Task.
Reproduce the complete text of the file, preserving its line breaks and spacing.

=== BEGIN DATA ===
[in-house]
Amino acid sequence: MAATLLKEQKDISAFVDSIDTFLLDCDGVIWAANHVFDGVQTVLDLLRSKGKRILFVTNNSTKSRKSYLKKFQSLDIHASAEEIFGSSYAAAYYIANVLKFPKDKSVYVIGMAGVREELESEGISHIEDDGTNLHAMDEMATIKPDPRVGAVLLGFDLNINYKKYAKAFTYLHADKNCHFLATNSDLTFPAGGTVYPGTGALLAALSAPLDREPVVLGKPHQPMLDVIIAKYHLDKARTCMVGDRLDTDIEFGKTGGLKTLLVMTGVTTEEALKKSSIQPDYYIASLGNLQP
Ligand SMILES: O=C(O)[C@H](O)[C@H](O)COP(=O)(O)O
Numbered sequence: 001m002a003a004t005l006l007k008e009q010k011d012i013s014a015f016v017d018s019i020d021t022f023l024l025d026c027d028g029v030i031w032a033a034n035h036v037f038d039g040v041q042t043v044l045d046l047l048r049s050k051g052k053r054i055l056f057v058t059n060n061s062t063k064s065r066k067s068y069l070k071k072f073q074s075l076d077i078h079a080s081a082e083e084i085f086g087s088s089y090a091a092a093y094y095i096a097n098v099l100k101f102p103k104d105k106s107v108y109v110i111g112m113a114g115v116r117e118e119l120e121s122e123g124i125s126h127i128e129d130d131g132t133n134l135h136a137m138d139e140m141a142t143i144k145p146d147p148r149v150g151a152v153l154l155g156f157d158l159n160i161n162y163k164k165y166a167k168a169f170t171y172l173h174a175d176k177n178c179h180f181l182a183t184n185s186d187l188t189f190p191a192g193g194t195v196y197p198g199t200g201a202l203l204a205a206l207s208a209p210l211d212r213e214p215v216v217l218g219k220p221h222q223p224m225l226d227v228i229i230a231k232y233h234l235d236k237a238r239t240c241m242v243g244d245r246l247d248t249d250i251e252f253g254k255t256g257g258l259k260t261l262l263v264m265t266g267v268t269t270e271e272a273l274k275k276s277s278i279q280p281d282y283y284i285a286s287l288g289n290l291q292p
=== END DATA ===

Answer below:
[in-house]
Amino acid sequence: MAATLLKEQKDISAFVDSIDTFLLDCDGVIWAANHVFDGVQTVLDLLRSKGKRILFVTNNSTKSRKSYLKKFQSLDIHASAEEIFGSSYAAAYYIANVLKFPKDKSVYVIGMAGVREELESEGISHIEDDGTNLHAMDEMATIKPDPRVGAVLLGFDLNINYKKYAKAFTYLHADKNCHFLATNSDLTFPAGGTVYPGTGALLAALSAPLDREPVVLGKPHQPMLDVIIAKYHLDKARTCMVGDRLDTDIEFGKTGGLKTLLVMTGVTTEEALKKSSIQPDYYIASLGNLQP
Ligand SMILES: O=C(O)[C@H](O)[C@H](O)COP(=O)(O)O
Numbered sequence: 001m002a003a004t005l006l007k008e009q010k011d012i013s014a015f016v017d018s019i020d021t022f023l024l025d026c027d028g029v030i031w032a033a034n035h036v037f038d039g040v041q042t043v044l045d046l047l048r049s050k051g052k053r054i055l056f057v058t059n060n061s062t063k064s065r066k067s068y069l070k071k072f073q074s075l076d077i078h079a080s081a082e083e084i085f086g087s088s089y090a091a092a093y094y095i096a097n098v099l100k101f102p103k104d105k106s107v108y109v110i111g112m113a114g115v116r117e118e119l120e121s122e123g124i125s126h127i128e129d130d131g132t133n134l135h136a137m138d139e140m141a142t143i144k145p146d147p148r149v150g151a152v153l154l155g156f157d158l159n160i161n162y163k164k165y166a167k168a169f170t171y172l173h174a175d176k177n178c179h180f181l182a183t184n185s186d187l188t189f190p191a192g193g194t195v196y197p198g199t200g201a202l203l204a205a206l207s208a209p210l211d212r213e214p215v216v217l218g219k220p221h222q223p224m225l226d227v228i229i230a231k232y233h234l235d236k237a238r239t240c241m242v243g244d245r246l247d248t249d250i251e252f253g254k255t256g257g258l259k260t261l262l263v264m265t266g267v268t269t270e271e272a273l274k275k276s277s278i279q280p281d282y283y284i285a286s287l288g289n290l291q292p